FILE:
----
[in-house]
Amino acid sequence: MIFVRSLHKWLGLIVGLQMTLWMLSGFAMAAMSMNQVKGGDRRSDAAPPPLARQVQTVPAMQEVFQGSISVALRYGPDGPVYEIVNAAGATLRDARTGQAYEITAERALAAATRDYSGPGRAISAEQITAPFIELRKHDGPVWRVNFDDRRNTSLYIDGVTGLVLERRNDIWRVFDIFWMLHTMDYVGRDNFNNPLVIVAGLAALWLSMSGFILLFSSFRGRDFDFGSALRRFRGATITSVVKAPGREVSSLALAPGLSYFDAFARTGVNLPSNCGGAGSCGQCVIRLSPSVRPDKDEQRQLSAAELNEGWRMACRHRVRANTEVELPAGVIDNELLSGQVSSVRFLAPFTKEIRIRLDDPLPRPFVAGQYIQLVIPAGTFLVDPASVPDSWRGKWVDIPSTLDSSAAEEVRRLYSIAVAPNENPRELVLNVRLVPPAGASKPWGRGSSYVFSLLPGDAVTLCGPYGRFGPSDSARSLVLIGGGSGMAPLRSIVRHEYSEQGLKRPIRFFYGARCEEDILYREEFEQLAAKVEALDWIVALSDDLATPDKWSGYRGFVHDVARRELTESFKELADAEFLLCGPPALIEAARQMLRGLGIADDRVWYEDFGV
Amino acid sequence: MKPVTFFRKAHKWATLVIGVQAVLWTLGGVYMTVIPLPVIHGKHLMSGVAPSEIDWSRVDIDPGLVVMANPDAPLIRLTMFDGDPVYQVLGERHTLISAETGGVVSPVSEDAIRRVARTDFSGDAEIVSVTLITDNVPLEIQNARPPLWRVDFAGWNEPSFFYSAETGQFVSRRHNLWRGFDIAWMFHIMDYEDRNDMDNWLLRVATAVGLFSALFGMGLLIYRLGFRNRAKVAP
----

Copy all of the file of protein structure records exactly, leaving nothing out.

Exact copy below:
[in-house]
Amino acid sequence: MIFVRSLHKWLGLIVGLQMTLWMLSGFAMAAMSMNQVKGGDRRSDAAPPPLARQVQTVPAMQEVFQGSISVALRYGPDGPVYEIVNAAGATLRDARTGQAYEITAERALAAATRDYSGPGRAISAEQITAPFIELRKHDGPVWRVNFDDRRNTSLYIDGVTGLVLERRNDIWRVFDIFWMLHTMDYVGRDNFNNPLVIVAGLAALWLSMSGFILLFSSFRGRDFDFGSALRRFRGATITSVVKAPGREVSSLALAPGLSYFDAFARTGVNLPSNCGGAGSCGQCVIRLSPSVRPDKDEQRQLSAAELNEGWRMACRHRVRANTEVELPAGVIDNELLSGQVSSVRFLAPFTKEIRIRLDDPLPRPFVAGQYIQLVIPAGTFLVDPASVPDSWRGKWVDIPSTLDSSAAEEVRRLYSIAVAPNENPRELVLNVRLVPPAGASKPWGRGSSYVFSLLPGDAVTLCGPYGRFGPSDSARSLVLIGGGSGMAPLRSIVRHEYSEQGLKRPIRFFYGARCEEDILYREEFEQLAAKVEALDWIVALSDDLATPDKWSGYRGFVHDVARRELTESFKELADAEFLLCGPPALIEAARQMLRGLGIADDRVWYEDFGV
Amino acid sequence: MKPVTFFRKAHKWATLVIGVQAVLWTLGGVYMTVIPLPVIHGKHLMSGVAPSEIDWSRVDIDPGLVVMANPDAPLIRLTMFDGDPVYQVLGERHTLISAETGGVVSPVSEDAIRRVARTDFSGDAEIVSVTLITDNVPLEIQNARPPLWRVDFAGWNEPSFFYSAETGQFVSRRHNLWRGFDIAWMFHIMDYEDRNDMDNWLLRVATAVGLFSALFGMGLLIYRLGFRNRAKVAP